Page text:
Hindu academics did not insist that Muslims inside India be granted the right to set up their own new sovereign Muslim state on Indian land, nor did they demand that all Hindus be expelled from Muslim areas. In the land of Ghandi, no one was demanding that India respond to the atrocities by turning the other cheek because retaliation would escalate the cycle of violence.
In short, Israeli politicians were no doubt wondering why the leaders of India had not chosen to emulate Israel's Oslo strategy of seeking peace with Islamofascism through endless appeasements and goodwill concessions.
On another front, Olmert has had much to say recently about domestic law and order. He is all in favor of it - but only when it comes to settler protesters.
One of the more amusing pastimes in Israel these days is watching the government suddenly get indignant when it comes to lawbreaking. The Left in Israel has never believed the obligation to obey the law applies to itself. For decades it has promoted mutiny and insurrection among soldiers, urging them not to serve in the army until Israel adopts policies advocated by the Israeli Communist Party. Leftists were never prosecuted for this. The Israeli press hails the mutineers as great ethical role models and people of conscience.
Similarly, many in the Israeli media cheer on the "heroic" thugs and hooligans who attack Israeli police and soldiers every week next to the security fence. Those leftists try to vandalize the fence so it will be easier for the suicide bombers to get through to murder Jews. They also do not get prosecuted.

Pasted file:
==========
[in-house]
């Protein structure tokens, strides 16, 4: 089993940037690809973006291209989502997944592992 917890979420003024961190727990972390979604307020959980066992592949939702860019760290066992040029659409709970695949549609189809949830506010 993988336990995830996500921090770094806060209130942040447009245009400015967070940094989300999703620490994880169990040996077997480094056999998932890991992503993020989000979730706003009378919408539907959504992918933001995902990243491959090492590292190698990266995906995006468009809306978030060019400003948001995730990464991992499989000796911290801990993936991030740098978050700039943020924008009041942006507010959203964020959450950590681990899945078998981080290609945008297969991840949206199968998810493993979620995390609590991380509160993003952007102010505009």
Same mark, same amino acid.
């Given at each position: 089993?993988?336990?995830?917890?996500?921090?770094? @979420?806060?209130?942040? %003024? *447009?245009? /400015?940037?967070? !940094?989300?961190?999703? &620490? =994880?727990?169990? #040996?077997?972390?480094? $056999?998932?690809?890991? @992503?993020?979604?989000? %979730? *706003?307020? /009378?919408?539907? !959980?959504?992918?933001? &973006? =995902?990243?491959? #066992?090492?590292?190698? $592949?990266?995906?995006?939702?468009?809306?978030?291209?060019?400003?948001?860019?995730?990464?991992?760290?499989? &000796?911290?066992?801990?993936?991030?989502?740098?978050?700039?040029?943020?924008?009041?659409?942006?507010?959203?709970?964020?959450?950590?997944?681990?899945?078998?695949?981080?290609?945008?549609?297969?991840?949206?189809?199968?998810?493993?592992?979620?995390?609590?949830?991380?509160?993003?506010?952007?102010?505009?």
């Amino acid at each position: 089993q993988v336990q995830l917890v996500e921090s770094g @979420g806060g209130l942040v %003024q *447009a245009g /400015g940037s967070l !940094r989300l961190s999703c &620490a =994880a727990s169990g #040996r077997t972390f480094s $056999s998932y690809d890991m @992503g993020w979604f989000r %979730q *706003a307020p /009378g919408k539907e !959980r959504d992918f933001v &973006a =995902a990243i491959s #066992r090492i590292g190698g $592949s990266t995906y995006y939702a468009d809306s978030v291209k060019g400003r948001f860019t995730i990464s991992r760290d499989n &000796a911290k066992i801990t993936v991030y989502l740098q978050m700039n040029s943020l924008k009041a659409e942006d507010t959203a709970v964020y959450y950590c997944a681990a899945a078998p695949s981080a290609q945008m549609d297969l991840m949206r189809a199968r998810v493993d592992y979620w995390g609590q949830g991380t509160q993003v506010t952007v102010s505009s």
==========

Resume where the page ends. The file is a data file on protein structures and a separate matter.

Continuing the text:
So why is the Israeli political establishment all of a sudden so righteous in denouncing lawbreaking? Because the lawbreaking in question involves some West Bank settlers.
All the ruckus has to do with efforts by the Olmert people to evict Jews from a house in Hebron they bought and legally own. The fundamental operating axiom of the cult of Oslo has always been that peace with the Palestinians can only be based on creating a judenrein lebensraum for the Palestinians, areas in which no Jew pollutes the place with his presence.
Some of the hotter young Jewish heads in Judea have reacted with non-non-violence. In part, they were responding to the ease with which the police themselves have used force against settlers. Some hotheads threw rocks at soldiers trying to evict Jews, others cursed or threw punches. It was not pretty and it discredits the Right.
If anyone were to suggest that a black American family be denied the right to live in a neighborhood of white Americans, liberals and Israeli intellectuals would be taking to the barricades in conniptions of outrage and indignation.
But when Jews take to the streets to defend the Jewish right to settle in Hebron, the outrage and indignation are turned inside out. Heavens, scream the Olmert people and the Israeli leftist media, such bad behavior! Don't they realize they are violating the rule of law?
Steven Plaut, a frequent contributor to The Jewish Press, is a professor at Haifa University. His book "The Scout" is available at Amazon.com. He can be contacted at firstname.lastname@example.org.